Under the plan – every category of unpledged delegate goes away.
Clyburn: What we’re doing is making a recommendation to the RBC for them to refine as appropriate. Couple of areas for the Rules committee to look at closely:
Ie – A state (ie SC) where it goes for candidate B, but a district goes for candidate A. thus – the member representing that congressional district would need to pledge against their personal preference. Therefore, what happens to that voting delegate’s seat? Will it be vacant for someone else to fill? Therefore, how will it get filled? Probably need to say that, whatever transmittal is used – we need to make clear that there are a few things to still be fleshed out and refined. A few scenarios that could be harrowing if not laid out how they are treated.
All members of the RBC will receive this and willing to have that conversation
Dan Blue: Clarification – eliminating “unpledged delegates” – however they will become “pledged”?
Jeff Berman: really eliminating unpledged. Converting unpledged into NPLEO delegates will pledge in accordance with statewide results. Filing of pledges & procedures & paperwork will occur after statewide results are known. That’ll happen after latter part of the process. RBC will clarify how that will occur.
Interesting question raised around whether the candidates and/or the chairs/vice chairs should ever pledge.
If they don’t want to/can’t pledge – they’ll be able to attend w/o voting- but have all other categories.
Meredith Smith (Oregon Chair) – comment on this: if chair/vice chair if chooses to remain unpledged and go non-voting, would they be in disfavor?
Answer from Berman – no – plenty of reasons why not to pledge and now there will be an option for it to be fine. Outcomes are not dictated by the NPLEOs, so not a big deal.
Tom Miller – agrees with Jeff and goes back to the basics – that we don’t want a situation for a group of people to overturn the will of the people. With this voting NPLEO role – will get more buy in from DNC and elected officials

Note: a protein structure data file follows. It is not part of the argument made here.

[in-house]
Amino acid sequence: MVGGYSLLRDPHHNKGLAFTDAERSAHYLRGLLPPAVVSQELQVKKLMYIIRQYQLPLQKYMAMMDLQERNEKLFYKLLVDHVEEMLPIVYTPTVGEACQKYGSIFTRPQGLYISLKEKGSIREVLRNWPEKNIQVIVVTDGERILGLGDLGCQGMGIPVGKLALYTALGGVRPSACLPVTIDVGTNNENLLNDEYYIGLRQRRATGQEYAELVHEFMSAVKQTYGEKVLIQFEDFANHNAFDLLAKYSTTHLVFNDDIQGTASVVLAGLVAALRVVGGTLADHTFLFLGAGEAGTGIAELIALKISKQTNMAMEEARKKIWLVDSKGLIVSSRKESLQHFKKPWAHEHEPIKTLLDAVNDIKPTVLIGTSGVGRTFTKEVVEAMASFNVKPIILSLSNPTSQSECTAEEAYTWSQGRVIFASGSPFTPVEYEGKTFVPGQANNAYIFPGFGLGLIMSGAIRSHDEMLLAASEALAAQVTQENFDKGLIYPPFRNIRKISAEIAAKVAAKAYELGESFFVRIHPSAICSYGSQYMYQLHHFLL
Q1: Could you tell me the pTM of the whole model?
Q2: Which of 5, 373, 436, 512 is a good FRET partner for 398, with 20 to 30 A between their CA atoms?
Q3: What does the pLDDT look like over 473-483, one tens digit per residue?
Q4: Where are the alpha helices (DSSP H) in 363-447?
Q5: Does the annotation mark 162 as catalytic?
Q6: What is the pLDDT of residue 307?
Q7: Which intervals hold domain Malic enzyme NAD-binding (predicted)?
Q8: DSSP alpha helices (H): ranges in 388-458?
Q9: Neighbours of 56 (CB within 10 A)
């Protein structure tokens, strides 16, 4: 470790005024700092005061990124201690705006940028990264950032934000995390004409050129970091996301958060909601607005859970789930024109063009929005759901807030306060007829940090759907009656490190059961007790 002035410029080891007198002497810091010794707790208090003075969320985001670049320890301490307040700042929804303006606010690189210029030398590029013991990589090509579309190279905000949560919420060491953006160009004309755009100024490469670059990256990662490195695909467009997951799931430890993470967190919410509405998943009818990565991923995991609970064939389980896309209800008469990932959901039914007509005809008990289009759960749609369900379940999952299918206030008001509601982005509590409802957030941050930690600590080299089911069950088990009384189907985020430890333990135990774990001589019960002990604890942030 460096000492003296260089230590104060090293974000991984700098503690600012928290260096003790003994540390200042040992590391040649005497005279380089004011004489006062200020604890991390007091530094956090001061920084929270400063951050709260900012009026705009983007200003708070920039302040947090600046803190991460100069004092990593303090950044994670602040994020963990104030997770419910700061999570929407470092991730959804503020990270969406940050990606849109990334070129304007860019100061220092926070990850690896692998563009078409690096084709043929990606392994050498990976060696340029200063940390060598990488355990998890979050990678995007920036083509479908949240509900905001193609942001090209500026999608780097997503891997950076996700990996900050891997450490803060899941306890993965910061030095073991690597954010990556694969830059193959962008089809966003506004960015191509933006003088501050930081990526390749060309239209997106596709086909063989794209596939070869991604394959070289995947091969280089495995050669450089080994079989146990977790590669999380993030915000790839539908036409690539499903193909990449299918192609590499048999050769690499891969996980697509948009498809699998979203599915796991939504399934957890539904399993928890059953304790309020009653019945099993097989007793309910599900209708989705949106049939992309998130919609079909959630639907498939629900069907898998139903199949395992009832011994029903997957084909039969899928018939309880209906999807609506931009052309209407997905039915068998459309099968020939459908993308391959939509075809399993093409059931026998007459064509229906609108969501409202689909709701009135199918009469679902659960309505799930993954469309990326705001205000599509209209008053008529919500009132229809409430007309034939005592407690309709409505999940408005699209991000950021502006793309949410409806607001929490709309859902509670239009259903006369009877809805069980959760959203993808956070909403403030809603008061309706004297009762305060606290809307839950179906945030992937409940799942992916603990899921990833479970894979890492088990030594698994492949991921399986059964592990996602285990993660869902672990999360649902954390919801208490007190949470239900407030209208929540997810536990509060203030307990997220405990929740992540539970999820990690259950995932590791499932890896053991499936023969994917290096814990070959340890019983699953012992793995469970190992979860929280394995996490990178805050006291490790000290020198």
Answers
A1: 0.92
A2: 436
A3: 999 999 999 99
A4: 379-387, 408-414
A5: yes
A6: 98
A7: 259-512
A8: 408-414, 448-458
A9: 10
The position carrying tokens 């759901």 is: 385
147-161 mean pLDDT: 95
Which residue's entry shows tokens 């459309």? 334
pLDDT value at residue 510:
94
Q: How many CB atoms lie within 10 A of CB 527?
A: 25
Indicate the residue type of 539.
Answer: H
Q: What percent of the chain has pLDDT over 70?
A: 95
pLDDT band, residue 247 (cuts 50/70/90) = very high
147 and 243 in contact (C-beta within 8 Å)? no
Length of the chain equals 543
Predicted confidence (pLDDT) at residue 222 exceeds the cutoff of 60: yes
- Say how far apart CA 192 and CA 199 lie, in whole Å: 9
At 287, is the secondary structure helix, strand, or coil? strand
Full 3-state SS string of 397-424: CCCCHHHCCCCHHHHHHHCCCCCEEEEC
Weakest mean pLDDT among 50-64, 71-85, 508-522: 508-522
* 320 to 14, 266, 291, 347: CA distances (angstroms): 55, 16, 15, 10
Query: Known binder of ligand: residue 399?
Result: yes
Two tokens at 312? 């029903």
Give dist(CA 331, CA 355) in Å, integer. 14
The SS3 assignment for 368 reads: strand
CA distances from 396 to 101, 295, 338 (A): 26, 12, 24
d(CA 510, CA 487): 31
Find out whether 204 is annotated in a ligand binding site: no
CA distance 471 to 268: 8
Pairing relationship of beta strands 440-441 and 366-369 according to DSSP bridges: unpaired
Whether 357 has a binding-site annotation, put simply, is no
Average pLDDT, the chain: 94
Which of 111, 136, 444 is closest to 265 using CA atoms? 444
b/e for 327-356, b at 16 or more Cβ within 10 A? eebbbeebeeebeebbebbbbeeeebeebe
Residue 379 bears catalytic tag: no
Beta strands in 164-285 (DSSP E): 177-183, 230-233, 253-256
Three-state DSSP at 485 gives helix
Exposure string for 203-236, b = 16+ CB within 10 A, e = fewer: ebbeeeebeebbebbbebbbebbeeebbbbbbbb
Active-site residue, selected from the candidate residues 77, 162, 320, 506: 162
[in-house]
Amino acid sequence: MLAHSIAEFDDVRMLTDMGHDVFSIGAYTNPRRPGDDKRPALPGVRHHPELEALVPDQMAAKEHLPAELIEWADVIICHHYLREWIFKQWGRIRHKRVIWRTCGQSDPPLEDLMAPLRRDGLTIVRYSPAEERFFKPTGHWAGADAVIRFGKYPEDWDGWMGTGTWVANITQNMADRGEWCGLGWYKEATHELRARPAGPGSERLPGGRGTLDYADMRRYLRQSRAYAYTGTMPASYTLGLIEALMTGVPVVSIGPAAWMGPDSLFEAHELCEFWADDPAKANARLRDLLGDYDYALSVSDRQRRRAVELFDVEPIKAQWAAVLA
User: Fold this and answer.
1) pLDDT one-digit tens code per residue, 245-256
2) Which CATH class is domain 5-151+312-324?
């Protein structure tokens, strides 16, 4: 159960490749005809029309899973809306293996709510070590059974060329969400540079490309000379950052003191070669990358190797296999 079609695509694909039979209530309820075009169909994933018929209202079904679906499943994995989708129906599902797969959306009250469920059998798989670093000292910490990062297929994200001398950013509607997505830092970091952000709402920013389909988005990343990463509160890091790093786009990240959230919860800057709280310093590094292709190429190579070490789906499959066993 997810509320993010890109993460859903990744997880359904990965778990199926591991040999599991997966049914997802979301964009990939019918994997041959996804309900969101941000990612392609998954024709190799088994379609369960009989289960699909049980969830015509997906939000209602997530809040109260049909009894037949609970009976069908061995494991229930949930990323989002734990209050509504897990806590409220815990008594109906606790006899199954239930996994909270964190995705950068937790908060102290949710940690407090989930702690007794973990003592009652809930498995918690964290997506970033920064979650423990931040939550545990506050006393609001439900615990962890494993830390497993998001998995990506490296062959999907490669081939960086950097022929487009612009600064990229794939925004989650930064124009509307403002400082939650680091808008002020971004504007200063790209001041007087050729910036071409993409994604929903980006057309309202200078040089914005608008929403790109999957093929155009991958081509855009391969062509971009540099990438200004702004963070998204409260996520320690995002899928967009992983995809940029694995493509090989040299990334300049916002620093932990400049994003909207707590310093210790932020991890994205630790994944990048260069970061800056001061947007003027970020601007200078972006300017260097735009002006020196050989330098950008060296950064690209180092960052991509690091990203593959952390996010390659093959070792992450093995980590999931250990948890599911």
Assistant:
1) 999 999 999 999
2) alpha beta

Dan Blue brought up the initial question around whether there’d still be an insurance plan in place in case things went south with the presumed candidate.
Litigated in Kennedy Carter convention – that worst case, folks still have the ability to change their minds. A “pledged” delegate is still not legally bound to vote for their candidate. Delegate may face criticism, but in terms of still having adult supervision, still fine.
Bill Carrick – how to ensure NPLEOs conform to the results of the primaries? Candidates have the right to approve their own delegates – RBC will have to figure out new mechanisms for NPLEO delegate selection. Don’t want to have folks masquerading as supporters of the other candidate. Also – again – need to think about how this functions in “alternates” – and that this will function more like the regular at-large – and will need alternates.
Question on Caucuses where the delegate and popular votes are out of synch (ie – Nevada) – on which % to base the pledged delegate allocation for NPLEO.
Berman clarifying that it’d be based on the final results.
Should include in the report – a recommendation that The NPLEO delegates need to pledge after the final results of a state are known. Don’t want our party leaders in a position for premature pledging.
Rob Hampshire – implications on diversity requirements of the recommendation:
McCaskill – same diversity rules will apply – shouldn’t change anything – just avoiding repeat of past mistakes.